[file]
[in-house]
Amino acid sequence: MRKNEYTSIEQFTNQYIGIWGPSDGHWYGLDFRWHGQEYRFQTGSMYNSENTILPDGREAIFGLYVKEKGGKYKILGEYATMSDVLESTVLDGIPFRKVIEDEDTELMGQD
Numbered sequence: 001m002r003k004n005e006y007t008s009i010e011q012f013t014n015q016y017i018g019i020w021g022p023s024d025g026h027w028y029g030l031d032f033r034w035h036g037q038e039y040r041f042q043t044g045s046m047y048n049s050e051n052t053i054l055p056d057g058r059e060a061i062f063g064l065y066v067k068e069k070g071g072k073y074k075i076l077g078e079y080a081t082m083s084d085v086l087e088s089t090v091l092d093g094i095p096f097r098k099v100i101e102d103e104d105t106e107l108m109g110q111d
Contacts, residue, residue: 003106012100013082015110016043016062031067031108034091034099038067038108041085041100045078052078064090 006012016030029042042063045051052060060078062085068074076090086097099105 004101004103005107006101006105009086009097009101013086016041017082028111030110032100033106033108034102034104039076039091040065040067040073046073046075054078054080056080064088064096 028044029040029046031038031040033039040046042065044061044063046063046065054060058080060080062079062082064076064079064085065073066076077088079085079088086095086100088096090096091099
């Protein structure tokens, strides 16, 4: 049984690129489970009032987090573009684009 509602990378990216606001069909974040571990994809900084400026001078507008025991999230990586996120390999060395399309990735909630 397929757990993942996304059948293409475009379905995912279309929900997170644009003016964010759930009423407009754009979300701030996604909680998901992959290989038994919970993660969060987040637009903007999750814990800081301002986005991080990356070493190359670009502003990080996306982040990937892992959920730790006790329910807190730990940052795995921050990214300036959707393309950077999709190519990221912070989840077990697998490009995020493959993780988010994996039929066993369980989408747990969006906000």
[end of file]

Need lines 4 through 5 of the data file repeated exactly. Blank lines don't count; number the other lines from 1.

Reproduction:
Contacts, residue, residue: 003106012100013082015110016043016062031067031108034091034099038067038108041085041100045078052078064090 006012016030029042042063045051052060060078062085068074076090086097099105 004101004103005107006101006105009086009097009101013086016041017082028111030110032100033106033108034102034104039076039091040065040067040073046073046075054078054080056080064088064096 028044029040029046031038031040033039040046042065044061044063046063046065054060058080060080062079062082064076064079064085065073066076077088079085079088086095086100088096090096091099
């Protein structure tokens, strides 16, 4: 049984690129489970009032987090573009684009 509602990378990216606001069909974040571990994809900084400026001078507008025991999230990586996120390999060395399309990735909630 397929757990993942996304059948293409475009379905995912279309929900997170644009003016964010759930009423407009754009979300701030996604909680998901992959290989038994919970993660969060987040637009903007999750814990800081301002986005991080990356070493190359670009502003990080996306982040990937892992959920730790006790329910807190730990940052795995921050990214300036959707393309950077999709190519990221912070989840077990697998490009995020493959993780988010994996039929066993369980989408747990969006906000």